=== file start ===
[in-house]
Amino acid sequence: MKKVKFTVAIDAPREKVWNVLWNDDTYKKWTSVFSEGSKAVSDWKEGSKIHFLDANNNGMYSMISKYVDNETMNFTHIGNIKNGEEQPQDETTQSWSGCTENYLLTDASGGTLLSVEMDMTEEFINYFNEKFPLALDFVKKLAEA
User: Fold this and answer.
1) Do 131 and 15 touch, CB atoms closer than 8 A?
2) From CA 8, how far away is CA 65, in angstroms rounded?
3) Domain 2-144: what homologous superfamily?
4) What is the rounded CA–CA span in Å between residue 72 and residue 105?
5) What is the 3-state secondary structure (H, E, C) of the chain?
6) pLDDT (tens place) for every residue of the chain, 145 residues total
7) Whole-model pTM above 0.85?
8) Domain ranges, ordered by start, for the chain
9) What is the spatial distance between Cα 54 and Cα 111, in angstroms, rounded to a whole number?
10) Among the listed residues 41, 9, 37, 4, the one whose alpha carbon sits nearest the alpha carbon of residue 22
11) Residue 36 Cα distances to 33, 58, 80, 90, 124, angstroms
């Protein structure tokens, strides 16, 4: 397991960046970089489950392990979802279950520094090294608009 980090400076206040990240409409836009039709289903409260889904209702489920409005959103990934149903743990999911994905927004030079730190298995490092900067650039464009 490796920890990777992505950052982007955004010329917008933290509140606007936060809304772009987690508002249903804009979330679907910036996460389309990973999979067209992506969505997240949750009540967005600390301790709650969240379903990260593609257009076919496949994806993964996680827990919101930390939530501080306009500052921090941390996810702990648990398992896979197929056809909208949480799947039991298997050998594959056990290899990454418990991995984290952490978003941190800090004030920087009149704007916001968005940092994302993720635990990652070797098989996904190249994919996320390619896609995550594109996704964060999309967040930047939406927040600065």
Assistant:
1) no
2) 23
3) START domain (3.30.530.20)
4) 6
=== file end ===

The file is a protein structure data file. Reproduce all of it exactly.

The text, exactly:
[in-house]
Amino acid sequence: MKKVKFTVAIDAPREKVWNVLWNDDTYKKWTSVFSEGSKAVSDWKEGSKIHFLDANNNGMYSMISKYVDNETMNFTHIGNIKNGEEQPQDETTQSWSGCTENYLLTDASGGTLLSVEMDMTEEFINYFNEKFPLALDFVKKLAEA
User: Fold this and answer.
1) Do 131 and 15 touch, CB atoms closer than 8 A?
2) From CA 8, how far away is CA 65, in angstroms rounded?
3) Domain 2-144: what homologous superfamily?
4) What is the rounded CA–CA span in Å between residue 72 and residue 105?
5) What is the 3-state secondary structure (H, E, C) of the chain?
6) pLDDT (tens place) for every residue of the chain, 145 residues total
7) Whole-model pTM above 0.85?
8) Domain ranges, ordered by start, for the chain
9) What is the spatial distance between Cα 54 and Cα 111, in angstroms, rounded to a whole number?
10) Among the listed residues 41, 9, 37, 4, the one whose alpha carbon sits nearest the alpha carbon of residue 22
11) Residue 36 Cα distances to 33, 58, 80, 90, 124, angstroms
């Protein structure tokens, strides 16, 4: 397991960046970089489950392990979802279950520094090294608009 980090400076206040990240409409836009039709289903409260889904209702489920409005959103990934149903743990999911994905927004030079730190298995490092900067650039464009 490796920890990777992505950052982007955004010329917008933290509140606007936060809304772009987690508002249903804009979330679907910036996460389309990973999979067209992506969505997240949750009540967005600390301790709650969240379903990260593609257009076919496949994806993964996680827990919101930390939530501080306009500052921090941390996810702990648990398992896979197929056809909208949480799947039991298997050998594959056990290899990454418990991995984290952490978003941190800090004030920087009149704007916001968005940092994302993720635990990652070797098989996904190249994919996320390619896609995550594109996704964060999309967040930047939406927040600065």
Assistant:
1) no
2) 23
3) START domain (3.30.530.20)
4) 6